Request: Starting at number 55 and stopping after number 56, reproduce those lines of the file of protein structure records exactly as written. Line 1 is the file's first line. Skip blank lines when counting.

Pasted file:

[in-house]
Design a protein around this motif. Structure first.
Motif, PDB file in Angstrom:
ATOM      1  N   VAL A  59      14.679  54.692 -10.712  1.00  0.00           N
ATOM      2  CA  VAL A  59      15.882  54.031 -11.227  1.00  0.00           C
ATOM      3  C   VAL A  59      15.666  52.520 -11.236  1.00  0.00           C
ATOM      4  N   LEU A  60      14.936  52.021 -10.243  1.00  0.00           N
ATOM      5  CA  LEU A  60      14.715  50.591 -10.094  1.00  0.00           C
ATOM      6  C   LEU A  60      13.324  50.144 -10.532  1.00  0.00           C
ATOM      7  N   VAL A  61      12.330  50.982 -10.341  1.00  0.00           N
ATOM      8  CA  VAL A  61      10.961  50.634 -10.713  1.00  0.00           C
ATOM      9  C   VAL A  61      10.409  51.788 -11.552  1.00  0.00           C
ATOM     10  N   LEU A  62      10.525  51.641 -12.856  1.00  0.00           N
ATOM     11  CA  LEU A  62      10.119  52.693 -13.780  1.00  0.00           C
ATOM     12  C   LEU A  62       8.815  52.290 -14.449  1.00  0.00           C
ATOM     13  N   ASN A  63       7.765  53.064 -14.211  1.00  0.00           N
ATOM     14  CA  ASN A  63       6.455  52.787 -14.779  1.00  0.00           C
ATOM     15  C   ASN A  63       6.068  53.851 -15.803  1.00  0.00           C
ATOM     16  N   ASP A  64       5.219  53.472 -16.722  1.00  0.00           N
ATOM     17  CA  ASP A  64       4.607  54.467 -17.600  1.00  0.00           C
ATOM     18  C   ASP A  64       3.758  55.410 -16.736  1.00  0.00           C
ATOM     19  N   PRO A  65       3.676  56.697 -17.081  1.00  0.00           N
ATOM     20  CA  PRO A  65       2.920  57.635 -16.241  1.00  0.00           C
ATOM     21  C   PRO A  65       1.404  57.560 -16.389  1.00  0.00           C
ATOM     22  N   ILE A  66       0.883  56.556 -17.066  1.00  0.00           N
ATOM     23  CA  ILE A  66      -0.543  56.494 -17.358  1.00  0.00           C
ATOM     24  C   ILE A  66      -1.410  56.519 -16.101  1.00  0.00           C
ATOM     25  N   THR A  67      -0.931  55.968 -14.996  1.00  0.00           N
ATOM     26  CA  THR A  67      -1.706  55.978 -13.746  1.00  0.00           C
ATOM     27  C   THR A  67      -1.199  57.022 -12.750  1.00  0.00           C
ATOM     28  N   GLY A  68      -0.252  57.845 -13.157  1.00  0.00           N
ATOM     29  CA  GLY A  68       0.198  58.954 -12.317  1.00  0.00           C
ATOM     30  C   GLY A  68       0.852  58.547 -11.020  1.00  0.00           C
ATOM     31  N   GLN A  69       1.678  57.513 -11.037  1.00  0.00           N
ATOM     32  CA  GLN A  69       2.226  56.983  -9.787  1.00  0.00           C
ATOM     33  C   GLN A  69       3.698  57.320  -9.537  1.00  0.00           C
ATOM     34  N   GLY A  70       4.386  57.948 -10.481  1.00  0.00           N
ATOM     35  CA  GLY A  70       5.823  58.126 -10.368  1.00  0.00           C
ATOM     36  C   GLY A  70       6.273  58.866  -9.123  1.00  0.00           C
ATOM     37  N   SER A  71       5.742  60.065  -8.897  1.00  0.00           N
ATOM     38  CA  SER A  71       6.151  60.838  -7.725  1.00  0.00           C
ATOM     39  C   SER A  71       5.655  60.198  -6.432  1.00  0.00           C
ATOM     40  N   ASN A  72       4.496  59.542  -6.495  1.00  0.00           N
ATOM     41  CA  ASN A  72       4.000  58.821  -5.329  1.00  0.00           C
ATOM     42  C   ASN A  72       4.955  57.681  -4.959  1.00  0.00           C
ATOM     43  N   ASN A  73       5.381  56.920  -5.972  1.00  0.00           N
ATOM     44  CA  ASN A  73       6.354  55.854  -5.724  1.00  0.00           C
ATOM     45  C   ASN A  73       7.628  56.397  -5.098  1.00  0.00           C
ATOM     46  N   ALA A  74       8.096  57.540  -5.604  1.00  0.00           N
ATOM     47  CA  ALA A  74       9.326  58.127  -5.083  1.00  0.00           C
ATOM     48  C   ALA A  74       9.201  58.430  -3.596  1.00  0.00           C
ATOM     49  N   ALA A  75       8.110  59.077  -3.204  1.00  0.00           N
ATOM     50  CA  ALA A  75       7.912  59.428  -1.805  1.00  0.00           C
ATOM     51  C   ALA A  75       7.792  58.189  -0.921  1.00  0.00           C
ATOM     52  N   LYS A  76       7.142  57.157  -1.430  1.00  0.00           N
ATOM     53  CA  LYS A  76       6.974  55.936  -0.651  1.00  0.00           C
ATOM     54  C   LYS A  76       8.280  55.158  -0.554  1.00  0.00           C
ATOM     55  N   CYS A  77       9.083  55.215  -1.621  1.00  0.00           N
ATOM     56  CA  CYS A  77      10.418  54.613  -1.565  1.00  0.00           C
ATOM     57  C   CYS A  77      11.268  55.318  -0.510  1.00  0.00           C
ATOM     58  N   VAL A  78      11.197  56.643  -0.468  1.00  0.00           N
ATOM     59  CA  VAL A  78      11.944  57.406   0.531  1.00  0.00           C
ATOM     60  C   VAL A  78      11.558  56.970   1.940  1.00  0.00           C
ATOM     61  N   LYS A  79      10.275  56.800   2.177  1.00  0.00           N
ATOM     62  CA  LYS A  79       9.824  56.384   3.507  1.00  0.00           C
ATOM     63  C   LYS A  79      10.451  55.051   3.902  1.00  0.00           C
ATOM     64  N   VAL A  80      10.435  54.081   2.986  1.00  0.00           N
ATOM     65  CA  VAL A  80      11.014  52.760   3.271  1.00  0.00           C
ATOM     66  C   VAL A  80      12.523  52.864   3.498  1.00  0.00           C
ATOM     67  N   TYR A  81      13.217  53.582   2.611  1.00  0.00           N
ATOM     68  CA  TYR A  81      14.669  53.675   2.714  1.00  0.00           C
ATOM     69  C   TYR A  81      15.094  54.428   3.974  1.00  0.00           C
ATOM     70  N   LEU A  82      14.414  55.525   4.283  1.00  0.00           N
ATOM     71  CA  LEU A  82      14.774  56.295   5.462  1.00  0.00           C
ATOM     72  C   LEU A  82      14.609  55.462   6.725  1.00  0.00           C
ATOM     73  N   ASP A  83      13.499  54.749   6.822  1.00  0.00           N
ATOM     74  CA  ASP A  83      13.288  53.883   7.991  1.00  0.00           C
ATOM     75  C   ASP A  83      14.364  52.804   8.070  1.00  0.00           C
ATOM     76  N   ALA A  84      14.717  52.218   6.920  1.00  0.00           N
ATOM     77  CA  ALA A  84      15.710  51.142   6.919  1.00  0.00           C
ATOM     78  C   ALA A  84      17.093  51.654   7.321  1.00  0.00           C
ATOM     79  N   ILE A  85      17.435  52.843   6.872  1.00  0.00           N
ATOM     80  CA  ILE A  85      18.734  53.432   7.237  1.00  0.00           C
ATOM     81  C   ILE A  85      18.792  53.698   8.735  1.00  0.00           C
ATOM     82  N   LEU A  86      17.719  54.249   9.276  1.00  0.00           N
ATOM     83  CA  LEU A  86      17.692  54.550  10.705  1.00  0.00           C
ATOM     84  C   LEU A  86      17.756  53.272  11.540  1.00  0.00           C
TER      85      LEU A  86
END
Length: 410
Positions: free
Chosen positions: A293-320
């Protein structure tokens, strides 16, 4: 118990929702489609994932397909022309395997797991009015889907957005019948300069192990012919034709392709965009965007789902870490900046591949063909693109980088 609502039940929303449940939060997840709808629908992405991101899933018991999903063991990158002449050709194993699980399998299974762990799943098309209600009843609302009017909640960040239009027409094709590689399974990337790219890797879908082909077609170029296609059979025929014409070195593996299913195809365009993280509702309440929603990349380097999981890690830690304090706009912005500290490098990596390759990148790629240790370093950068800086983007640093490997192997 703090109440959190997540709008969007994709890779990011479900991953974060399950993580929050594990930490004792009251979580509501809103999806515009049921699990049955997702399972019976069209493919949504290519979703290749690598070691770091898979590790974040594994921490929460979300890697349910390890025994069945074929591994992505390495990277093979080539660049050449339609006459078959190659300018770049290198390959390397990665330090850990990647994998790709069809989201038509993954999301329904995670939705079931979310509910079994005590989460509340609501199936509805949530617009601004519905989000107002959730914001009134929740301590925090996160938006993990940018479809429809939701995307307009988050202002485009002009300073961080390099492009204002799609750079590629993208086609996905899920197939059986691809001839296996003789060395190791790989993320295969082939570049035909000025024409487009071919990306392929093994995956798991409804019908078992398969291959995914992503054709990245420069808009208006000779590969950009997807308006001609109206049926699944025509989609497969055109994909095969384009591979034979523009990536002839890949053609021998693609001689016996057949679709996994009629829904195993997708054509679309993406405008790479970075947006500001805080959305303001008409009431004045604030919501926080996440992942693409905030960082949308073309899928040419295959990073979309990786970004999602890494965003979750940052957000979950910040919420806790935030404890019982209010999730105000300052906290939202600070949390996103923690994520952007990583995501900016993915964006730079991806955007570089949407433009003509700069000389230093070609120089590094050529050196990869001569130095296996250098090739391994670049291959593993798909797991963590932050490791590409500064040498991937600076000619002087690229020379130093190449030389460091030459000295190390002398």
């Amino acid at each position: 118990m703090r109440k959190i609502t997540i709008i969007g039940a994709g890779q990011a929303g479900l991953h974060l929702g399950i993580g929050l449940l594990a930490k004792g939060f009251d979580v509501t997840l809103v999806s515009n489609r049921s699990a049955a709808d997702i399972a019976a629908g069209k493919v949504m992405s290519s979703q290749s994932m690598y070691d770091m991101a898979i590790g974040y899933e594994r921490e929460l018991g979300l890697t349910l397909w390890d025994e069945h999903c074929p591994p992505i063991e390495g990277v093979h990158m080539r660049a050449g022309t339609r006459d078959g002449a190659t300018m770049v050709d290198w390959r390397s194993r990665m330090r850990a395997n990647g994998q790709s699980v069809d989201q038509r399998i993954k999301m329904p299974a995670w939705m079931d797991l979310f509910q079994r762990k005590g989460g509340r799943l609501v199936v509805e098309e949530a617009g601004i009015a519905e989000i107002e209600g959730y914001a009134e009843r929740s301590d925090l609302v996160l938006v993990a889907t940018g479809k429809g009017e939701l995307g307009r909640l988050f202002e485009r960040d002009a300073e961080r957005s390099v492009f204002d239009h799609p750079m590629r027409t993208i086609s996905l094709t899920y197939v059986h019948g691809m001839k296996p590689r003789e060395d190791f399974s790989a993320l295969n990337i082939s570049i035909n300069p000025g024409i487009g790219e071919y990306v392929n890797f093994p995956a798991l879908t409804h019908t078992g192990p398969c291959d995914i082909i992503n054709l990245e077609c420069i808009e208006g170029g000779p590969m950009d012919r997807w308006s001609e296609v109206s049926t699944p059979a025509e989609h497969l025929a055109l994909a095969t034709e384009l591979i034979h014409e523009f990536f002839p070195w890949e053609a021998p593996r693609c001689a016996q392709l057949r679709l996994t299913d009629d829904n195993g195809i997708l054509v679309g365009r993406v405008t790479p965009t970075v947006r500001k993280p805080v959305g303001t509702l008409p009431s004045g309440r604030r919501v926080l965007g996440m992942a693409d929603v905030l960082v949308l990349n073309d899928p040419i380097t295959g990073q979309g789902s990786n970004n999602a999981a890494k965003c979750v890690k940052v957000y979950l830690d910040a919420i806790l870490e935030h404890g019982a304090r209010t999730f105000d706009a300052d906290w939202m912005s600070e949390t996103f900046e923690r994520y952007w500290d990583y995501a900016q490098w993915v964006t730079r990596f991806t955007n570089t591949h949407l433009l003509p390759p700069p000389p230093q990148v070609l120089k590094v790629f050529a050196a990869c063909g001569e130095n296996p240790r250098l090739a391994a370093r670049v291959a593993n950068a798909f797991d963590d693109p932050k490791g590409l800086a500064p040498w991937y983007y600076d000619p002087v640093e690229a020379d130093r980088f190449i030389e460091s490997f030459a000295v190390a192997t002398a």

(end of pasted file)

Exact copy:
ATOM     52  N   LYS A  76       7.142  57.157  -1.430  1.00  0.00           N
ATOM     53  CA  LYS A  76       6.974  55.936  -0.651  1.00  0.00           C